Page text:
"Examines forty-seven paranormal cases, ranging from a supposedly petrified girl buried in eastern Kentucky, to spontaneous human combustion, to UFO visitations, to auras, to stigmata, to haunted houses, to ghostly photos, to police psychics, to communicating with the dead." -- Ozarks Mountaineer



"Whoever said that the truth is both stranger and more entertaining than fiction describes this book exactly." -- Skeptical Inquirer



"It may not be as fun as being fooled, but it's refreshing to see an experienced professional who has investigated hundreds of alleged paranormal occurrences.... A fascinating book." -- WTBF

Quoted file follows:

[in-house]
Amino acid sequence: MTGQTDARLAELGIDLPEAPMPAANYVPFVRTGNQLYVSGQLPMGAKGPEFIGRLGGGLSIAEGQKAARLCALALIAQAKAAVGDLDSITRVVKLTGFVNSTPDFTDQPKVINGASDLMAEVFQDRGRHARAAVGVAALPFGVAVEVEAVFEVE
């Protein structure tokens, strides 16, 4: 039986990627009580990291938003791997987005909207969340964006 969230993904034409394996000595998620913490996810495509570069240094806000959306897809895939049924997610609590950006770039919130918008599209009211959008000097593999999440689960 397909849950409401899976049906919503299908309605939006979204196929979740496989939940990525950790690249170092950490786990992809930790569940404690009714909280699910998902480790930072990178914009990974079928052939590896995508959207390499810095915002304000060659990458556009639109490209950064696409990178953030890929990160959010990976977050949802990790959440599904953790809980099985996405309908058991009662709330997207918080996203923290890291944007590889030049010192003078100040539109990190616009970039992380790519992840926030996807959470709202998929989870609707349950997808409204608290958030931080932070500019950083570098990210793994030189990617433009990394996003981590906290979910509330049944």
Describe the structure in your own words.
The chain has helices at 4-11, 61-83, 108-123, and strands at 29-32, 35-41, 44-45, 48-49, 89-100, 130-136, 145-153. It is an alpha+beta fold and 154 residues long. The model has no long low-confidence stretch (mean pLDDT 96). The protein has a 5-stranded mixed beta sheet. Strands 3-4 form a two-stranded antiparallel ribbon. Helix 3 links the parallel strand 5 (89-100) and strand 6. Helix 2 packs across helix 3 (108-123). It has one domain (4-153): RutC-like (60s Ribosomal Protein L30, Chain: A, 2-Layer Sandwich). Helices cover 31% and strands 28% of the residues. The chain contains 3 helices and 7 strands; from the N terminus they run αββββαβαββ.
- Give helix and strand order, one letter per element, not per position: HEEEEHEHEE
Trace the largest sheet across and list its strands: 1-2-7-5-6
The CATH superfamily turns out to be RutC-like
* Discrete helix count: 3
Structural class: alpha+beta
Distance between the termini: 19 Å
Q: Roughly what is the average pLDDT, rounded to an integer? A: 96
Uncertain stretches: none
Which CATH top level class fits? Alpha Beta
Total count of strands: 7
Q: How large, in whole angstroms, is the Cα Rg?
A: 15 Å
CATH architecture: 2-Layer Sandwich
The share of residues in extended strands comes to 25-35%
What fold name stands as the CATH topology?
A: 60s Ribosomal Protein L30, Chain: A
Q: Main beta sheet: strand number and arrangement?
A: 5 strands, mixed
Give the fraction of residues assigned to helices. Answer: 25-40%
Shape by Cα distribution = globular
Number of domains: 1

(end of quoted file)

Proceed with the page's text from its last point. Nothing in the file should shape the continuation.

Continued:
More About the Author

Joe Nickell has been called "the modern Sherlock Holmes." Since 1995 he has been the world's only full-time, professional, science-based paranormal investigator. His careful, often innovative investigations have won him international respect in a field charged with controversy.

Customer Reviews

3.0 out of 5 stars

Most Helpful Customer Reviews

23 of 27 people found the following review helpful By William Holmes VINE VOICE on September 1, 2002
Format: Hardcover Verified Purchase
Despite the title, readers looking for a book that proves Mulder right and Scully wrong are going to be disappointed. Nickell agrees that "the truth is out there"--he just thinks that it's a lot more mundane than most people realize.
Nickell investigates 47 "mysteries," including the Turin Shroud, spontaneous human combustion, crop circles, the Oak Island treasure, the Flatwoods UFO monster, the Roswell flying saucer crash and an assortment of hauntings, miracles and lake monsters. True believers be warned: Nickell concludes that each of these events can be explained rationally and without resort to space aliens or the supernatural.